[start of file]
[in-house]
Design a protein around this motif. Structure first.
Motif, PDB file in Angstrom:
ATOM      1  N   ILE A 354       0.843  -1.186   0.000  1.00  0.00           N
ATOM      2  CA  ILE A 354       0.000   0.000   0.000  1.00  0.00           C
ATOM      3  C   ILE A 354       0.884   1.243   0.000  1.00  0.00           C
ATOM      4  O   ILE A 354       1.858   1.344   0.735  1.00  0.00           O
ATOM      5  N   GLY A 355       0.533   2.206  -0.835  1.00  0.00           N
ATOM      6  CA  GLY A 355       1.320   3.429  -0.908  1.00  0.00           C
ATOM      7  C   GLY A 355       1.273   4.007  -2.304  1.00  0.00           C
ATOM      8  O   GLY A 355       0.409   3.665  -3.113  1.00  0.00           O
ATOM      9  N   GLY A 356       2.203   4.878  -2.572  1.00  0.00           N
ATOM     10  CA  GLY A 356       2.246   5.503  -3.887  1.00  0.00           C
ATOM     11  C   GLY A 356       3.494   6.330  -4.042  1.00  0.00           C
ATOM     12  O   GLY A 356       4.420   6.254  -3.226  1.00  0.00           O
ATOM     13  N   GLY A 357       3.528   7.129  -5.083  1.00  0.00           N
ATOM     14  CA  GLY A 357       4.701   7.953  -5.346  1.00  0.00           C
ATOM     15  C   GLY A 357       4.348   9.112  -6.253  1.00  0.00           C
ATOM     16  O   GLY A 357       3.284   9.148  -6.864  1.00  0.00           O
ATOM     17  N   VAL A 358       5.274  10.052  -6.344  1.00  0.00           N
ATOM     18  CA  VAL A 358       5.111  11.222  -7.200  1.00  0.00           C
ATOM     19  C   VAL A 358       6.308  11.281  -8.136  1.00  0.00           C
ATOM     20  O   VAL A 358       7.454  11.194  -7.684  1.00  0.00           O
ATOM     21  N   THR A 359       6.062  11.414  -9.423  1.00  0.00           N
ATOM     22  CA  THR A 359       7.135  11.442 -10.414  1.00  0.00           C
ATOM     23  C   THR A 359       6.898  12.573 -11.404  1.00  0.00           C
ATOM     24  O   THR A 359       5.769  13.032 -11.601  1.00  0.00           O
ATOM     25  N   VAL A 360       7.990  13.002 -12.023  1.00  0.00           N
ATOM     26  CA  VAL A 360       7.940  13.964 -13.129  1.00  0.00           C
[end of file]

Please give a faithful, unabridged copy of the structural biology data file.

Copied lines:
[in-house]
Design a protein around this motif. Structure first.
Motif, PDB file in Angstrom:
ATOM      1  N   ILE A 354       0.843  -1.186   0.000  1.00  0.00           N
ATOM      2  CA  ILE A 354       0.000   0.000   0.000  1.00  0.00           C
ATOM      3  C   ILE A 354       0.884   1.243   0.000  1.00  0.00           C
ATOM      4  O   ILE A 354       1.858   1.344   0.735  1.00  0.00           O
ATOM      5  N   GLY A 355       0.533   2.206  -0.835  1.00  0.00           N
ATOM      6  CA  GLY A 355       1.320   3.429  -0.908  1.00  0.00           C
ATOM      7  C   GLY A 355       1.273   4.007  -2.304  1.00  0.00           C
ATOM      8  O   GLY A 355       0.409   3.665  -3.113  1.00  0.00           O
ATOM      9  N   GLY A 356       2.203   4.878  -2.572  1.00  0.00           N
ATOM     10  CA  GLY A 356       2.246   5.503  -3.887  1.00  0.00           C
ATOM     11  C   GLY A 356       3.494   6.330  -4.042  1.00  0.00           C
ATOM     12  O   GLY A 356       4.420   6.254  -3.226  1.00  0.00           O
ATOM     13  N   GLY A 357       3.528   7.129  -5.083  1.00  0.00           N
ATOM     14  CA  GLY A 357       4.701   7.953  -5.346  1.00  0.00           C
ATOM     15  C   GLY A 357       4.348   9.112  -6.253  1.00  0.00           C
ATOM     16  O   GLY A 357       3.284   9.148  -6.864  1.00  0.00           O
ATOM     17  N   VAL A 358       5.274  10.052  -6.344  1.00  0.00           N
ATOM     18  CA  VAL A 358       5.111  11.222  -7.200  1.00  0.00           C
ATOM     19  C   VAL A 358       6.308  11.281  -8.136  1.00  0.00           C
ATOM     20  O   VAL A 358       7.454  11.194  -7.684  1.00  0.00           O
ATOM     21  N   THR A 359       6.062  11.414  -9.423  1.00  0.00           N
ATOM     22  CA  THR A 359       7.135  11.442 -10.414  1.00  0.00           C
ATOM     23  C   THR A 359       6.898  12.573 -11.404  1.00  0.00           C
ATOM     24  O   THR A 359       5.769  13.032 -11.601  1.00  0.00           O
ATOM     25  N   VAL A 360       7.990  13.002 -12.023  1.00  0.00           N
ATOM     26  CA  VAL A 360       7.940  13.964 -13.129  1.00  0.00           C